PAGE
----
Coby Beck has an entertaining and informative series of posts called "How to Talk to a Global Warming Skeptic," if you’re into that sort of thing.
But let me hazard an assertion: Maybe it doesn’t matter all that much how to convince a global warming skeptic. Why? Because there aren’t that many.
Head over to ES&T and read about a series of surveys done in four countries — the U.S., U.K., Sweden, and Japan — on climate change and related subjects. The way it’s written up is a bit opaque, to say the least, but there are a few clear results (FYI: I’ve also got a copy of the original paper, which is behind a subscription wall).
Acceptance that global warming is a real problem is above 90% in all four countries.
The U.S. does have a small, hard core of skeptics — around 7%, compared to 3% max for other countries. But I don’t see why that 7% should be the focus of so much attention.
Here’s a more important finding:
Global warming was ranked as the one of the top two environmental problems facing their country by 55% in the Swedish survey and 49% in the British survey, far ahead of any other environmental problems. In the U.S., however, global warming was only ranked fifth at 21% after water pollution, ecosystem destruction, overpopulation, and toxic waste.
Now, one way to react to this might be to say: Sure, Americans accept that global warming is a problem, but they don’t understand how bad a problem it is. So the solution is … more facts!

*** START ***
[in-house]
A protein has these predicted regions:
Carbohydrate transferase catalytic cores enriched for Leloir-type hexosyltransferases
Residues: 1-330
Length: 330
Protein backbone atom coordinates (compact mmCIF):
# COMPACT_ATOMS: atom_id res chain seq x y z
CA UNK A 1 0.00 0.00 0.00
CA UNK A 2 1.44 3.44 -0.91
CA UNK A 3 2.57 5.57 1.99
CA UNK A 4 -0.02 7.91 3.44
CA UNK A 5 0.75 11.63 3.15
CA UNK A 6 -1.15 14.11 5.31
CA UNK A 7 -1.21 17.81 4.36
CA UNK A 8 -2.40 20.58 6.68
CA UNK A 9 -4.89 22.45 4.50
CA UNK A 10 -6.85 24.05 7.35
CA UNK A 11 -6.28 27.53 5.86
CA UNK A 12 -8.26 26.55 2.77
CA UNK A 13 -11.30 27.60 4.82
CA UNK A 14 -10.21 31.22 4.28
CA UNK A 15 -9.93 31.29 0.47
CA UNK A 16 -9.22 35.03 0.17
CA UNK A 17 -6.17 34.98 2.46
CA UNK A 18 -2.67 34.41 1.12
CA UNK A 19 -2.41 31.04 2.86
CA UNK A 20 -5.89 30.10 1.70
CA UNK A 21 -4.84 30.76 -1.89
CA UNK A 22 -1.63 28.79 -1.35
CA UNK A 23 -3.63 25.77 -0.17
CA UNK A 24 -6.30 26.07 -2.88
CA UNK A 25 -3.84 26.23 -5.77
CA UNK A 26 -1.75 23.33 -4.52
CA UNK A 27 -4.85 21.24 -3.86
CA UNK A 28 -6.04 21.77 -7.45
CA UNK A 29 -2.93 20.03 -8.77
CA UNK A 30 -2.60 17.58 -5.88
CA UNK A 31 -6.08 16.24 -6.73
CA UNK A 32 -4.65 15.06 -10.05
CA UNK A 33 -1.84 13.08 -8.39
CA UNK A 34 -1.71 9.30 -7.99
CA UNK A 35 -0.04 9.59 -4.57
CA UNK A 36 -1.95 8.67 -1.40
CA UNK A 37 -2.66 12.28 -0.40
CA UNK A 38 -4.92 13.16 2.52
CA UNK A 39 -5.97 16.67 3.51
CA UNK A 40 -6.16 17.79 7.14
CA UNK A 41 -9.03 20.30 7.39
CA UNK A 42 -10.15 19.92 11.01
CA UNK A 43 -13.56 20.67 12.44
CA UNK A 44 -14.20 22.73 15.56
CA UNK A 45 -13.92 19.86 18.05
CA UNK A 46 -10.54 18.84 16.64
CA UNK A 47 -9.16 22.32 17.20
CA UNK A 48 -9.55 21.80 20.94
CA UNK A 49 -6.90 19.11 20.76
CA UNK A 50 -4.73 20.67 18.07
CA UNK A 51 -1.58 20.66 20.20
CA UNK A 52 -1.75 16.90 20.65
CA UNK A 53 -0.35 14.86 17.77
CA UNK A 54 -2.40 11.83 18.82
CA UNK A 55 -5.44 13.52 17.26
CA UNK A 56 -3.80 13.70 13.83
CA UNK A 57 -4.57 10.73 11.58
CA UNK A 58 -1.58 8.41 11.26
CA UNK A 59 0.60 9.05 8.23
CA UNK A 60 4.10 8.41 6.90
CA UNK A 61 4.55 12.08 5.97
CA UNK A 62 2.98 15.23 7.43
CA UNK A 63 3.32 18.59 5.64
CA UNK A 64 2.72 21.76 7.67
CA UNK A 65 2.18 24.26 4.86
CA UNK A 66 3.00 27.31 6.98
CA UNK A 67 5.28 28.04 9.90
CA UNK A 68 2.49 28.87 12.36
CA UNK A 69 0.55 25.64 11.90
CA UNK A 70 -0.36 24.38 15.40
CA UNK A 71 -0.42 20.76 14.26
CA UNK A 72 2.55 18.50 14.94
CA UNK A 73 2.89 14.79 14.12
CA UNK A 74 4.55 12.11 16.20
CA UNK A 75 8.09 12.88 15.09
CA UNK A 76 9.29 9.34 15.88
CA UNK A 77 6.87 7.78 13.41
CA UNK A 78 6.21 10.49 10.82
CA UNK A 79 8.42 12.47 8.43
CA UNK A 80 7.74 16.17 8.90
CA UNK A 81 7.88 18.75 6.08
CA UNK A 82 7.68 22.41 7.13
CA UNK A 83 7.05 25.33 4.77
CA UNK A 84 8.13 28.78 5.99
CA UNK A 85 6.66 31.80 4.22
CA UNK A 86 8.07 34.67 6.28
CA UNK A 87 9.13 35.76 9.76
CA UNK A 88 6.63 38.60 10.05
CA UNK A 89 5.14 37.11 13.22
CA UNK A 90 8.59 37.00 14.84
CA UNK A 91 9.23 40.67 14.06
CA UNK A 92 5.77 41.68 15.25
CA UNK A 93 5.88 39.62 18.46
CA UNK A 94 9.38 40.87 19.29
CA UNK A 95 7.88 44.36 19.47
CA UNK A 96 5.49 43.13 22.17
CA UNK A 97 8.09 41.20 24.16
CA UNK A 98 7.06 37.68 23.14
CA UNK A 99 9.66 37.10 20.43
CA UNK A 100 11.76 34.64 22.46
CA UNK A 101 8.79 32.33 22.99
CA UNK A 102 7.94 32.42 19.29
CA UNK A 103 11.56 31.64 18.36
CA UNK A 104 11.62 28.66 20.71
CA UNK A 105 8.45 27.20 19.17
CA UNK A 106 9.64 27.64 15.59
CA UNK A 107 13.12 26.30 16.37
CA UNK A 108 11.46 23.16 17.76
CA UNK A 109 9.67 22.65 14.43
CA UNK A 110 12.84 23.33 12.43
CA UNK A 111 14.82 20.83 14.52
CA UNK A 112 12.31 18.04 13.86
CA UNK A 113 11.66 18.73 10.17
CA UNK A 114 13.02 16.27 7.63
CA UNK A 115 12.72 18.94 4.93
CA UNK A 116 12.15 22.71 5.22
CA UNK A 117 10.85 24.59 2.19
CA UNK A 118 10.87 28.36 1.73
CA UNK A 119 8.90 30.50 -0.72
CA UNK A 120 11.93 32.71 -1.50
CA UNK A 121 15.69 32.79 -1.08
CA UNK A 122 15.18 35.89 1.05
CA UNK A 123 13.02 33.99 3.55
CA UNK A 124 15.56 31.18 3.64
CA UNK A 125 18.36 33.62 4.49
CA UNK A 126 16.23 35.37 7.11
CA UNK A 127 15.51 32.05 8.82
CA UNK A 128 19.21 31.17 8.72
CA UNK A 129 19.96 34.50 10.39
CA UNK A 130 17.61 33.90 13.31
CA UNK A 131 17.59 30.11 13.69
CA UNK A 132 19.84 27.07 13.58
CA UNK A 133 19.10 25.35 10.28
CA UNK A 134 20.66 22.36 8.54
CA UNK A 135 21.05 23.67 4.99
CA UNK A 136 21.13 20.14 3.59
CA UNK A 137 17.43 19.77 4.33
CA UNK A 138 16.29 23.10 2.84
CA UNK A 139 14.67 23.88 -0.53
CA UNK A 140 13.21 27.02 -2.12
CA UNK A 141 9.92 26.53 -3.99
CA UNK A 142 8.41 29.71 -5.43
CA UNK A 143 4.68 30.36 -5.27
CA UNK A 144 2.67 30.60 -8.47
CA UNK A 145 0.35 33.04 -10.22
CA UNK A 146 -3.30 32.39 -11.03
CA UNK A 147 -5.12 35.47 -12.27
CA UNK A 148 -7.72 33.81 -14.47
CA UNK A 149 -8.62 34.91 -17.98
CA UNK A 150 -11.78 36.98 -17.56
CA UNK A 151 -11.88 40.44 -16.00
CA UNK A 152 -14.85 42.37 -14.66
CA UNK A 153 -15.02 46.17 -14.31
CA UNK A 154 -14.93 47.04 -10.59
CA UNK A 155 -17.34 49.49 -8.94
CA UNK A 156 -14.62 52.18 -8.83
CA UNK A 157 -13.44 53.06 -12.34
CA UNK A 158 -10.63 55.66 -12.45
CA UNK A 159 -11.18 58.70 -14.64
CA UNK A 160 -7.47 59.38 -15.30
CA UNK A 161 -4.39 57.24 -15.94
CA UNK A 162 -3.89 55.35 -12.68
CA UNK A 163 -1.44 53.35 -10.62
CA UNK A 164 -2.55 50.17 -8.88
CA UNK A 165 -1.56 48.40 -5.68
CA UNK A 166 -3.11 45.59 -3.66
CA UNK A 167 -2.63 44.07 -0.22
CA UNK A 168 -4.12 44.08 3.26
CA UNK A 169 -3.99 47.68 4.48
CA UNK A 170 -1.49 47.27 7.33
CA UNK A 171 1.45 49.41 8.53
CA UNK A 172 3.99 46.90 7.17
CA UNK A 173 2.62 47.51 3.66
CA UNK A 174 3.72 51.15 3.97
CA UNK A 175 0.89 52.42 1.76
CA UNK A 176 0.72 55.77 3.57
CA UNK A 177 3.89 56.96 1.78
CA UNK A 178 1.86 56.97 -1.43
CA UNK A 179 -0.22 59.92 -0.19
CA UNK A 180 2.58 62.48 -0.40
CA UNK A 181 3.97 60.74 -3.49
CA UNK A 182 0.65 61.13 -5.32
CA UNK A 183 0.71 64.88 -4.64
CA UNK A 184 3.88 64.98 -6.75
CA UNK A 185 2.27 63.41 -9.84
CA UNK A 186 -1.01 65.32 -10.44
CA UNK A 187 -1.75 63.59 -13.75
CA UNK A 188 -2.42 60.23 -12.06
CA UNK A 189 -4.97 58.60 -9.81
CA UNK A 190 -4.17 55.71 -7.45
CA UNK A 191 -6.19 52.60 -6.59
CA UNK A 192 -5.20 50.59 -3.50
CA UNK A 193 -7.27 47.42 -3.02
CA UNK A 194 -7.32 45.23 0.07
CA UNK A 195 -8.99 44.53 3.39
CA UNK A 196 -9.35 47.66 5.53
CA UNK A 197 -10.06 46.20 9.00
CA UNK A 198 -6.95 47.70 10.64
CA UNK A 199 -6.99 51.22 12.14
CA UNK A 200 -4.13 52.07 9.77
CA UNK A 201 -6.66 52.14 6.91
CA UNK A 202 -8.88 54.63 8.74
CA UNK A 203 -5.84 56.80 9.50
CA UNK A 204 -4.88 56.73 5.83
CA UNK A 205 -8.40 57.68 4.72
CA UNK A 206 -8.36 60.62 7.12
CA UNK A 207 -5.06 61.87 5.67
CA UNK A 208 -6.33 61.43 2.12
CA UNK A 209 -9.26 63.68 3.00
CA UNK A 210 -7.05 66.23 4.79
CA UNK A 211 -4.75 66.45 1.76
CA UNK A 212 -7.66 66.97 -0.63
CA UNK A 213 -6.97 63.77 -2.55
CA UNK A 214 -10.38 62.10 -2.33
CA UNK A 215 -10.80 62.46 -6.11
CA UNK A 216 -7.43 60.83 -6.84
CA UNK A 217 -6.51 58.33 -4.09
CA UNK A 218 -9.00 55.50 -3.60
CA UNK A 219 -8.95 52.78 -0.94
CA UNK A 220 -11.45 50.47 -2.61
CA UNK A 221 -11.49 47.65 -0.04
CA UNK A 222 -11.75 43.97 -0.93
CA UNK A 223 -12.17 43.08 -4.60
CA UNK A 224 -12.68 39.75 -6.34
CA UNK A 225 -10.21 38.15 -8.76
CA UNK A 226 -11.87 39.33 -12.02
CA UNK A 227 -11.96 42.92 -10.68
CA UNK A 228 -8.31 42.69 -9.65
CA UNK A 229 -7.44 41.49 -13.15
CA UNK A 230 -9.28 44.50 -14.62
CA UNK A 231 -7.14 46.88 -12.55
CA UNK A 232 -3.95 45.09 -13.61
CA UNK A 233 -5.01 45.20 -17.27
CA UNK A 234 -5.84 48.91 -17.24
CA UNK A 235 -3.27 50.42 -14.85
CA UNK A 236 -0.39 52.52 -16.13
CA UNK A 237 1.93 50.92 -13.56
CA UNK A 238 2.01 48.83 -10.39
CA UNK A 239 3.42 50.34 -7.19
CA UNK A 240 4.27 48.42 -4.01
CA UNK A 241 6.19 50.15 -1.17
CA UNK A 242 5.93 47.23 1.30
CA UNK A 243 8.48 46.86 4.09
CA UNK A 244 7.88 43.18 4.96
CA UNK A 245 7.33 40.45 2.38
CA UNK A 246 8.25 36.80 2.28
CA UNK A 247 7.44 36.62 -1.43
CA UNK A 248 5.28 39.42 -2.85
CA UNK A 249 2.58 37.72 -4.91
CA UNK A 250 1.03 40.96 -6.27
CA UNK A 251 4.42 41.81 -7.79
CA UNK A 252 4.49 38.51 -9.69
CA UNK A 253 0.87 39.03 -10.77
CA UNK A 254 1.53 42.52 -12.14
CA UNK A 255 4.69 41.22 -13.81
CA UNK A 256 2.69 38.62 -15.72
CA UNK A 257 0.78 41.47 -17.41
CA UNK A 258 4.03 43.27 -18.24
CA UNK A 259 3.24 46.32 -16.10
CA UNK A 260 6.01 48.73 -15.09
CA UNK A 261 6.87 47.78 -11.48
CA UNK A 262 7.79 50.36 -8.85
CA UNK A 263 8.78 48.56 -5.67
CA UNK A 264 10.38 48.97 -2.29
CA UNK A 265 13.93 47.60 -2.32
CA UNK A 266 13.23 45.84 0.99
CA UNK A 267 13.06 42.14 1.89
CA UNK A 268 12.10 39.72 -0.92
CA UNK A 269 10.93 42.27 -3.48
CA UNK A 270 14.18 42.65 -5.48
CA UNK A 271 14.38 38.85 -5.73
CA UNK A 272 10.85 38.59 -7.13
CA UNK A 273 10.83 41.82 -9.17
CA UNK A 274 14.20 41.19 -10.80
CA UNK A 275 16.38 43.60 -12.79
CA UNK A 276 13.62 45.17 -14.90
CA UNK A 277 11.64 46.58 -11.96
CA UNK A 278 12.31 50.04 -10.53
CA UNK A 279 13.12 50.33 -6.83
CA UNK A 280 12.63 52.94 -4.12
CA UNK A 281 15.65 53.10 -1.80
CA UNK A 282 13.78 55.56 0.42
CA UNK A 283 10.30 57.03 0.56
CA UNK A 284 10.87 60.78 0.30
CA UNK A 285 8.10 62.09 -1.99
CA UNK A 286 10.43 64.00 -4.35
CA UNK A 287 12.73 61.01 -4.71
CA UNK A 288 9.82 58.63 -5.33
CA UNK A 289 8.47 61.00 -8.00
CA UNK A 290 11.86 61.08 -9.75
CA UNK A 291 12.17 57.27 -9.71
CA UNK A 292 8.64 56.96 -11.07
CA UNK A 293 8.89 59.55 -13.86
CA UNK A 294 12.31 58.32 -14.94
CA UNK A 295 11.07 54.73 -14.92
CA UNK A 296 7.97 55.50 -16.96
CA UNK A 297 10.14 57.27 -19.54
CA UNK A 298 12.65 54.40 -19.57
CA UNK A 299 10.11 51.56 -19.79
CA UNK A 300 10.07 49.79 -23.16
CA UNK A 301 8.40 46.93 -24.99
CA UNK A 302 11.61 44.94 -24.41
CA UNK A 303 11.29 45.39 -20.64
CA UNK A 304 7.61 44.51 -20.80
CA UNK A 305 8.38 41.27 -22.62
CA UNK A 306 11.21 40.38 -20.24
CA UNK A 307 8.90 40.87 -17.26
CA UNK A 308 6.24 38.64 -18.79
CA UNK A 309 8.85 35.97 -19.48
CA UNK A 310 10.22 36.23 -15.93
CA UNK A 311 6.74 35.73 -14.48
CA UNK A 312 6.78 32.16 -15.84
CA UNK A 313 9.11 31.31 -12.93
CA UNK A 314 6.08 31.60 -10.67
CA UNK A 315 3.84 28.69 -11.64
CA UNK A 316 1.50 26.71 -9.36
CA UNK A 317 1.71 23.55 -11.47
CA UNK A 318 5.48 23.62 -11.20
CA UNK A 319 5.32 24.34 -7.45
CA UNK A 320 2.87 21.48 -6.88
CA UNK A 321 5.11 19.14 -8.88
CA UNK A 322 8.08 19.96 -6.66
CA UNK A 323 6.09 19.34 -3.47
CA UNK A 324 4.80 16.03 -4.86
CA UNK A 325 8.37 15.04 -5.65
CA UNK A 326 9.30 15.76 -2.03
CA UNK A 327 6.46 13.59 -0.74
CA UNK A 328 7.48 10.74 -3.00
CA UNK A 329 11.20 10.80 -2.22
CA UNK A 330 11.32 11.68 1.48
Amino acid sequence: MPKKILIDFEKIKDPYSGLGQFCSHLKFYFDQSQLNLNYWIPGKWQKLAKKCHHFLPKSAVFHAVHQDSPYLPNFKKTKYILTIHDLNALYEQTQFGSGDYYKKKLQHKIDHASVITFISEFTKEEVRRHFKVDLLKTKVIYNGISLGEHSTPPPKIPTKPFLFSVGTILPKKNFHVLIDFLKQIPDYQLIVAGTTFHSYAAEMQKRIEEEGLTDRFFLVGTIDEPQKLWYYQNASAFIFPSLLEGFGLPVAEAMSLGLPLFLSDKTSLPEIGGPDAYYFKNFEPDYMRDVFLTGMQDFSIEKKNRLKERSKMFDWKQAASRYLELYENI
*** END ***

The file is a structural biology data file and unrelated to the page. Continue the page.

Human beings are not rational creatures. We make decisions, set priorities, establish habits based on a whole range of factors: personal history, peer groups, identity, taste, serotonin levels, whatever.
My guess is that Americans place a lower priority on global warming than folks in other countries because in those other countries they’ve been having a very public dialogue about it, much of which has been about solutions, ways to address the problem. We can debate whether the solutions are adequate, but in those countries they’re familiar with the push for wind power, emissions cuts, energy efficiency, and the rest. The problem has been absorbed into the civic dialogue and the public policy process. It’s being digested.
In the U.S., it hasn’t. It’s still sort of hanging there, on the fringe. Everybody’s aware of it, but few people are forthrightly discussing it. Most people, I suspect, view it with a kind of flat fatalism. It’s the apocalypse. It’s coming. We’re screwed. But … what? The only response that ever gets discussed is Kyoto, which has become just another token in the culture wars. It’s widely agreed that Kyoto wouldn’t solve shit — but we’re arguing about whether we should have adopted it anyway. Beyond that … what?
It’s not approachable. There’s nothing for people to sink their hooks into, to get some sense of control. We haven’t gotten our arms around it.
An issue like that, no matter how objectively important when rationally assessed, is just not going to be a priority. People are engaged by problems that they believe have solutions.
So I think greens, rather than obsessing endlessly about the few outright skeptics left, rather than obsessing about the latest scientific study, should start thinking more about how to integrate discussion of climate change into the civic and political spheres. That’s a delicate task — much "framing" will be involved — but just repeating the facts won’t accomplish it.